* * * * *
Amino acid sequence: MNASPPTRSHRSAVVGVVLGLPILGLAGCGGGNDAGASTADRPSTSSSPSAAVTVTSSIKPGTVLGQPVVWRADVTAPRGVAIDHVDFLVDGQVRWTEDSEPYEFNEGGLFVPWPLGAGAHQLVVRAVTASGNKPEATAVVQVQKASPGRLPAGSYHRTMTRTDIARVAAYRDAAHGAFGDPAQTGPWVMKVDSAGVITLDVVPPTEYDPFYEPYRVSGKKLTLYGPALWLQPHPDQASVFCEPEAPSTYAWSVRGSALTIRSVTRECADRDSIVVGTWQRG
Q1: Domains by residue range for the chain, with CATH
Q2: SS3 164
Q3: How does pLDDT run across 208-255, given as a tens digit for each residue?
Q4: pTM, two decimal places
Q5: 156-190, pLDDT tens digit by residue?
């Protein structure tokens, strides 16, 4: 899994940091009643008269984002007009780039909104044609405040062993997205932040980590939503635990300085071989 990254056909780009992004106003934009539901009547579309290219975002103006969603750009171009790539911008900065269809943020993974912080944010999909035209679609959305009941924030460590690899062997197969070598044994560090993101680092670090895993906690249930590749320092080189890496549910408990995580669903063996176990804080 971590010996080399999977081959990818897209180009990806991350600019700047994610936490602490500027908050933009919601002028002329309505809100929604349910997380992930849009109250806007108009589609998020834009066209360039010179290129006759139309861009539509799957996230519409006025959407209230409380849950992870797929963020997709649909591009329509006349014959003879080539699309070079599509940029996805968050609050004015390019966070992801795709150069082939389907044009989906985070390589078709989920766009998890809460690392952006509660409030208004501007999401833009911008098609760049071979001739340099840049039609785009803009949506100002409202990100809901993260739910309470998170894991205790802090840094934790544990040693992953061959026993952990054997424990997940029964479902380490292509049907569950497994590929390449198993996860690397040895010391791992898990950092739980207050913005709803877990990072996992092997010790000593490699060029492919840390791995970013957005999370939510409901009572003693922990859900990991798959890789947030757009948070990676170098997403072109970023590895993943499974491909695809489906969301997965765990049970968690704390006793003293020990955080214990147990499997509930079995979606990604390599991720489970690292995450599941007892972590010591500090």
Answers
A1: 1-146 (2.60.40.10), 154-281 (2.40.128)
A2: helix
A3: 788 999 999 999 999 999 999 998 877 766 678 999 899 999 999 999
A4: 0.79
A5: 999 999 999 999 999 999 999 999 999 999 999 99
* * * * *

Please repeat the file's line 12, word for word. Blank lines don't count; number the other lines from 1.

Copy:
A4: 0.79